Wall Street has been growing more bullish after entering 2023 in a fearful state, following the S&P 500’s
worst year since 2008. One analyst who led bullish views headed into 2023 was Deutsche Bank’s chief U.S. equity and global strategist, Binky Chadha, who sees a 4,500 finish, and others have been playing catch up to him.
In our call of the day, Chadha spoke to MarketWatch about why he’s not budging from that bullish call and what, if anything, could derail his optimistic view.
He said the year has been playing out as the bank had forecasted — strong rallies led by a squeeze on markets due to underweight positioning, with tech in the driver’s seat — the Nasdaq
is up 16% so far this year. The path higher will be more of a grind as some of that positioning has caught up, he says.
Chadha said he’d rethink his more bullish outlook on “signs of corporate risk aversion. Companies pulling back and going back into the bunker.” That is corporates becoming risk averse, cutting working capital, hoarding cash, and paring capital expenditure, he said. For now, he doesn’t see that.
The strategist also weighed in on narrow market leadership, where S&P 500 gains are led by just a handful of names. “Keep in mind that the selloff of last year was also narrow,” he said, when energy stocks soared on higher prices.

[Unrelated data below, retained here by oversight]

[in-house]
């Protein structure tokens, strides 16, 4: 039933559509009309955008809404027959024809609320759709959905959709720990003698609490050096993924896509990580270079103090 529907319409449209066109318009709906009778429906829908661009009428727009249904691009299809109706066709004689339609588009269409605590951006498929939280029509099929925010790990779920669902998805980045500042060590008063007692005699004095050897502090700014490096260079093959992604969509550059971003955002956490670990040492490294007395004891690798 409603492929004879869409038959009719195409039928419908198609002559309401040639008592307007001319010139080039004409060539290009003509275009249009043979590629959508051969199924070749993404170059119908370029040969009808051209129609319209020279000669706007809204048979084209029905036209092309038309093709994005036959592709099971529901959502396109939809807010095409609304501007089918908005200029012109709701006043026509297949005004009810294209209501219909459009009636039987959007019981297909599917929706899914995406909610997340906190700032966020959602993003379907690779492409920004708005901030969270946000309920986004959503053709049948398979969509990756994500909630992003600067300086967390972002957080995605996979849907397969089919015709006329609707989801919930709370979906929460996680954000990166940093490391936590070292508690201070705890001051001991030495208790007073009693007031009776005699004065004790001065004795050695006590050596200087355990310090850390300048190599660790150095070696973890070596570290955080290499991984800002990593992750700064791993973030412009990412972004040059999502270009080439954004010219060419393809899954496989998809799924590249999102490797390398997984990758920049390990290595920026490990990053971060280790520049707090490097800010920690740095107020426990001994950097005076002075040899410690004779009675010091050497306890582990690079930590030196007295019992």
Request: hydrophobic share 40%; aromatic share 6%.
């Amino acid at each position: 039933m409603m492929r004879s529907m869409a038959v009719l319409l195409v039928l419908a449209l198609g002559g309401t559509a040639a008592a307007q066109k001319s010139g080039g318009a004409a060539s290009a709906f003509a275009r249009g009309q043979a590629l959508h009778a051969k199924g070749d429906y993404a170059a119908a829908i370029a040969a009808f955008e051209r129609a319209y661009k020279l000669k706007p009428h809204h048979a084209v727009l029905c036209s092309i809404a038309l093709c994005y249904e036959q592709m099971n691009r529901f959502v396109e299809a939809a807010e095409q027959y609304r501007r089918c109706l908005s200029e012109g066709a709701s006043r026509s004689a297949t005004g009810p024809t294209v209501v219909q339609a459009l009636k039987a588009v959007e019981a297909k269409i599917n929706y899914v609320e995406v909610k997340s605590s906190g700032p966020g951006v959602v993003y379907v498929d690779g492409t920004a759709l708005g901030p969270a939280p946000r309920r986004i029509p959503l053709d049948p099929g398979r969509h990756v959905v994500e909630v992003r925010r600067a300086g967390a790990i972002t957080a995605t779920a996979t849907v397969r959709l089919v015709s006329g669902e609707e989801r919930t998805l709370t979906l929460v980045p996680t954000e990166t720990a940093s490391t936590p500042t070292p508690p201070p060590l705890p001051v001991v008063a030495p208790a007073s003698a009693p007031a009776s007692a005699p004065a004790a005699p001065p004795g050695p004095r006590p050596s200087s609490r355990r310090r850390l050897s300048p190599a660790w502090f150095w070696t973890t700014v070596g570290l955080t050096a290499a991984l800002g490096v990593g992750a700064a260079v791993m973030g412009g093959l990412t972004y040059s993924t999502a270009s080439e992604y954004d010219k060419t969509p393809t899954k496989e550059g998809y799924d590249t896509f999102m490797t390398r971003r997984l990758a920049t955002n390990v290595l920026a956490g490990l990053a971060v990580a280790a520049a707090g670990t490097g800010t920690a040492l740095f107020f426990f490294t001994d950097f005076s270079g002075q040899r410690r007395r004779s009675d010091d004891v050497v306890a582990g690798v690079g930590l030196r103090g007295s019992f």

But this year the reversal has seen techs rally and now he sees indeed the gains spreading to more names. He said the bank recently removed its overweight on mega-tech stocks because earnings are rebounding, but markets have priced in a lot more than they expect.
As for where to put money now? “I wouldn’t be long financials here. The events of March have painted financials with a very broad brush. Most of the large -cap financials are really beneficiaries of what happened in March, but the market has put a risk premium on them,” said Chadha
As for cyclical consumer stocks, the risk/reward is asymmetrical because so much is priced in for the downside. “Everybody in the market has been waiting so long for the recession and some things are priced for even more than an average recession,” he said.
“And so I think you want to be long the cyclical parts of the consumer, and I think you want to be underweight defensives, because rates stay here and that’s where everybody has been hiding,” he said.
And what would make Chadha lift that 4,500 S&P 500 target? “Better prospects for the economy, better prospects for growth. In the event of a soft landing, and to be clear that is not our house view, but that would not be a terrible thing.” And that would eventually lead to upside for markets, he said.
“If this is still a bear market rally it will end up being the longest bear market rally in history (which probably means it isn’t a bear market rally!),” says the Weekly S&P 500 Chartstorm blog by Callum Thomas, head of research and founder @topdowncharts, referring to the below chart:
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